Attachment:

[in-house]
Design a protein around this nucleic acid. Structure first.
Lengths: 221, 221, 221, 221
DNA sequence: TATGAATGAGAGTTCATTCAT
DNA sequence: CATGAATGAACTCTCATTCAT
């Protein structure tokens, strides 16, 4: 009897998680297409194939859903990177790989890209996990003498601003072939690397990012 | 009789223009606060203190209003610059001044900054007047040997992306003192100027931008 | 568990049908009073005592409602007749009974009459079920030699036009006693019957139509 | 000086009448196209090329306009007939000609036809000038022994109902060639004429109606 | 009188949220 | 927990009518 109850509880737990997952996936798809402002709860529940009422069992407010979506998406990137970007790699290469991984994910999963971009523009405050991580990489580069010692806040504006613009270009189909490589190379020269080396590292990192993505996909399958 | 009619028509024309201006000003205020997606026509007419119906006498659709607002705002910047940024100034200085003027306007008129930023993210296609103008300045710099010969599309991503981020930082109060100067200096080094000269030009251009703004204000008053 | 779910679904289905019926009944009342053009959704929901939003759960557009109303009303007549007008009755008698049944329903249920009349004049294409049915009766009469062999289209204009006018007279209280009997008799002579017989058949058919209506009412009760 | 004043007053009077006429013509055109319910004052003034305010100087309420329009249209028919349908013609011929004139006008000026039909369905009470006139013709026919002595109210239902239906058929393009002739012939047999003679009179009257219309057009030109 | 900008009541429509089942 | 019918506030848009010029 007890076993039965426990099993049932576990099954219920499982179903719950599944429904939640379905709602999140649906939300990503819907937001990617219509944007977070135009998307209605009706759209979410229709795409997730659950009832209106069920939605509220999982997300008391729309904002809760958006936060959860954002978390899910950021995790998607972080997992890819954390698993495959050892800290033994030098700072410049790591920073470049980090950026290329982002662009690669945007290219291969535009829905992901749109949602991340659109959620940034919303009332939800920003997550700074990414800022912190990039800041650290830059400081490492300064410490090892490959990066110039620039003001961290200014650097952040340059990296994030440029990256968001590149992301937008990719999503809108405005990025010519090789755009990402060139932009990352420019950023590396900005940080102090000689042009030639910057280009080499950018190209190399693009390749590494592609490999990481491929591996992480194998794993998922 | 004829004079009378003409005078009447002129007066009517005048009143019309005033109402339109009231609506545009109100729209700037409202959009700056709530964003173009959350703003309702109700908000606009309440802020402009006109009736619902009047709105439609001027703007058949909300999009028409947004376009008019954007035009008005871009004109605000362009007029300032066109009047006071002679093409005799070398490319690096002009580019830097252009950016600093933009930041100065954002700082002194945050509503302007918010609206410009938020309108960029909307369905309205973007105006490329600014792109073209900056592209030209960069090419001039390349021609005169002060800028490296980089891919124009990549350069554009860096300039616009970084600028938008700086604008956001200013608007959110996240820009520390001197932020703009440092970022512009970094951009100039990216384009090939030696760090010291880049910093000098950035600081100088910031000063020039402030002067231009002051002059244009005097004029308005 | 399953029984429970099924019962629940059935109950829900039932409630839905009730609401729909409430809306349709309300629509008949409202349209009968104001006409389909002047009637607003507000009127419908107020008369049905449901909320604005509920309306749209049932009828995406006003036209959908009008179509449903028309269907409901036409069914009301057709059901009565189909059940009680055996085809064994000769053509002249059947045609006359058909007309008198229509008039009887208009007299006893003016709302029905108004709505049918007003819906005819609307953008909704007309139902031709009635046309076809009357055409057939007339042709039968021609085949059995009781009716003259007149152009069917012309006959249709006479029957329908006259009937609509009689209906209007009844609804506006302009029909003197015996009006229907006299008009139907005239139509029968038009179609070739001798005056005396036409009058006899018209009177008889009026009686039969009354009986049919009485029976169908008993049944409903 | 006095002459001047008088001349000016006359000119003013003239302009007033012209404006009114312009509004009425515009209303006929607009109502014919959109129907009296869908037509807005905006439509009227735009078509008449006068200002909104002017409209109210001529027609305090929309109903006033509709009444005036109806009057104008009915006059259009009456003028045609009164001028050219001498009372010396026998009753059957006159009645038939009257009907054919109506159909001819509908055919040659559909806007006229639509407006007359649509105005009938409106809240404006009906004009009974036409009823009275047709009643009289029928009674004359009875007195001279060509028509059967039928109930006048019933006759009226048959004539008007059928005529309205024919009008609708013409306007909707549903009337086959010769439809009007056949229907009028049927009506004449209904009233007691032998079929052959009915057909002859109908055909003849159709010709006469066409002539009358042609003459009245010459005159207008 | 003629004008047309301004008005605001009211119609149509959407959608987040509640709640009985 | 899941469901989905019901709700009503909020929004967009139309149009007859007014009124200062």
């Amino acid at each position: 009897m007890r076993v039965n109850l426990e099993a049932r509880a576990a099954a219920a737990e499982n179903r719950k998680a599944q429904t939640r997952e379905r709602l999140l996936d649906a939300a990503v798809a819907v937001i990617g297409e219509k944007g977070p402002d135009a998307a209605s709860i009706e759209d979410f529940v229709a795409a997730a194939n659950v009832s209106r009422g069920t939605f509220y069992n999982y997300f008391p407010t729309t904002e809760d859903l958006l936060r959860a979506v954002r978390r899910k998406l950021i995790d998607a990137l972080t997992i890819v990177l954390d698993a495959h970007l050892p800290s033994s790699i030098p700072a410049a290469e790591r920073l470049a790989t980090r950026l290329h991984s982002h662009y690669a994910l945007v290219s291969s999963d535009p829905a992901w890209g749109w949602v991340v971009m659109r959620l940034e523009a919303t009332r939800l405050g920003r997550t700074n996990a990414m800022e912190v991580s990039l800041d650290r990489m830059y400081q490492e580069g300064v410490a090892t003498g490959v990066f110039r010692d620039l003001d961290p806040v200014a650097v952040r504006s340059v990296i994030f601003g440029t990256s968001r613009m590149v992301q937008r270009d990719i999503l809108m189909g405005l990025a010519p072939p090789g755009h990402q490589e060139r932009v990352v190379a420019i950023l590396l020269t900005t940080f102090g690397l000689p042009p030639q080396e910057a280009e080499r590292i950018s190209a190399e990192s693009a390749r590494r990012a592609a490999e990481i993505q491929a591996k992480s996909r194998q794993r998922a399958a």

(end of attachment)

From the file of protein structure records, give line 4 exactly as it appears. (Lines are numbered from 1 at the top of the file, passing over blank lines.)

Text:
DNA sequence: TATGAATGAGAGTTCATTCAT